This thirsty dog had a medal too!
1st May 2016
This was the opportunity for all of the Scottish Islands Three Peak Race running team to partake in a hilly run together and have a chat about the final arrangements. After a week of winter weather with frost and hail we found ourselves in idyllic sunshine at Worthing’s Hill Barn Recreation Ground ready for the start. There were about 800 competitors for both the races (there was a tough marathon option). We got there in plenty of time to park up and prepare.
It was one of those well organised non-commercial events that I really like with plenty of smiling volunteers and a great atmosphere. There were some runners with harnessed dogs who set off before us. We started at 1030 (chip timing) and for the first two miles climbed gently to about 600 ft along rough paths before a pleasant decent to about 250 ft before a long slog to just over 800 ft. On top of the Downs the running couldn’t have been better, with sea views and soft short grass underfoot. This part of the course is shared with the Steyning Stinger – another great event. There is then a drop to about 300 ft before climbing again to about 600 ft with a small descent and a final little hill before a two mile fast run back to the finish line. This last descent had a somewhat tricky narrow chalky path which was vee shaped and could have caused a few slips if the ground was wet. Luckily in the dry conditions the entire course was easily runnable. Although it can’t be described as flat there were no really taxing hills, more a matter of endurance rather than strength. It could be interesting in really wet weather!
A big thank you to all the organisers and volunteers (and cake makers) for making it such a great day out.
Any bad points? Only my usual gripe about runners tossing gel wrappers on the ground in the lovely countryside. Maybe a volunteer will pick them up but surely its not too hard to find a way not to litter in the first place.
Results? I finished just under two hours (about 1 hr 58 m) which I was pleased enough with for a hilly run.
Afterwards we all met at the Old House at Home and discussed tactics for the big race over a pint of Harveys and roast lunch. A very pleasant day.
April 30th, 2016 Alasdair
Pulling the bearings off my Aerogen 4
The Arthur Beale project has been zapping up all my spare time so some things are being neglected. Most of all I’m not getting to see all my buddies so that certainly needs to be rectified soon! But I realised the Good Ship wasn’t going to get all the love that she would normally get so I decided to ask Harry Kings Boatyard to help out. I’ve had some pretty mixed quality work done in the past when I have called in the professionals so I was a bit nervous about getting work that I’d normally do done by a boatyard. However I went to the boat last weekend and was very pleased with the quality of the work that Lee had done. So now I can relax knowing everything is in safe hands.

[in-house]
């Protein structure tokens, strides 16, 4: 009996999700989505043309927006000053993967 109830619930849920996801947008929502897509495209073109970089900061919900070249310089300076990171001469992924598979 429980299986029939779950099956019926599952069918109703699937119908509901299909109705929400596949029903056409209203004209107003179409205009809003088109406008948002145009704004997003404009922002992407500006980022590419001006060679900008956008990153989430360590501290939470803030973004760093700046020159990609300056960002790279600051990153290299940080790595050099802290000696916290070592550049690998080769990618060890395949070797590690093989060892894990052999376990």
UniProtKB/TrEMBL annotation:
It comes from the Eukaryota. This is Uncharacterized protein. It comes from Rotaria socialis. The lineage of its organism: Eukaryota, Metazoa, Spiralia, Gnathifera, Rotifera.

I am partaking in the Scottish Islands Three Peaks race on Brimble at the end of May so I won’t be sailing until June but I like to get her afloat before things heat up on land. Hopefully she will be bobbing up and down on her buoy in the River Orwell in the next few weeks. I still need to varnish the mast. She is all sanded and ready but I need that rare thing a dry still day before I start to varnish. I’m replacing the runners this year too due to finding a loose strand during the annual inspection.
One little job I have proudly finished is the renovation of my 20 year old Aerogen 4 wind generator. The bearings had gone and I managed to snap the hub when attempting to get it off the shaft so I relegated it to the boat jumble. When I was offered £20.00 for it I refused and decided to mend her myself. Now she has new bearings, newly tapped fin holes, a new hub, and a repaint job. I feel very proud, as she looks like new and I reckon fit for another 20 years. The great thing about the Aerogen generators is that they are virtually silent.
Tomorrow we are running the Three Forts Race with the Brimble Team. It will be a team bonding session and a chance to see how fit we are so we can pair up for the Scottish Islands Race. Better get some pasta on the boil!
The Steyning Stinger Team – Grit, Alasdair, Alex, Kerry and John
6th March 2016
It is cold and grey with hail pounding heavily against the window as I write this on the afternoon of the Steyning Stinger but this morning conditions couldn’t have been more perfect for the event. It was cold but the sun was out and there was just a gentle breeze. Underfoot it was muddy in parts but hey who would want to do the Stinger without a bit of mud? On the Downs the views were breath taking!
I think I am willing to stick my neck out and say this is the perfect ever race.
There is a community feel about it and it is very inclusive. If you are not a runner, you can start at about 7am and walk the half marathon course. If you are a runner but a little bit slow then you can start early and still get a time. If you are mega fit then you can even enter the full marathon course – which must be really gruelling. You can even change your mind half way through, but I wonder if any “Halfers” decide to upgrade! You can join the mass starts, or run the race peacefully by yourself.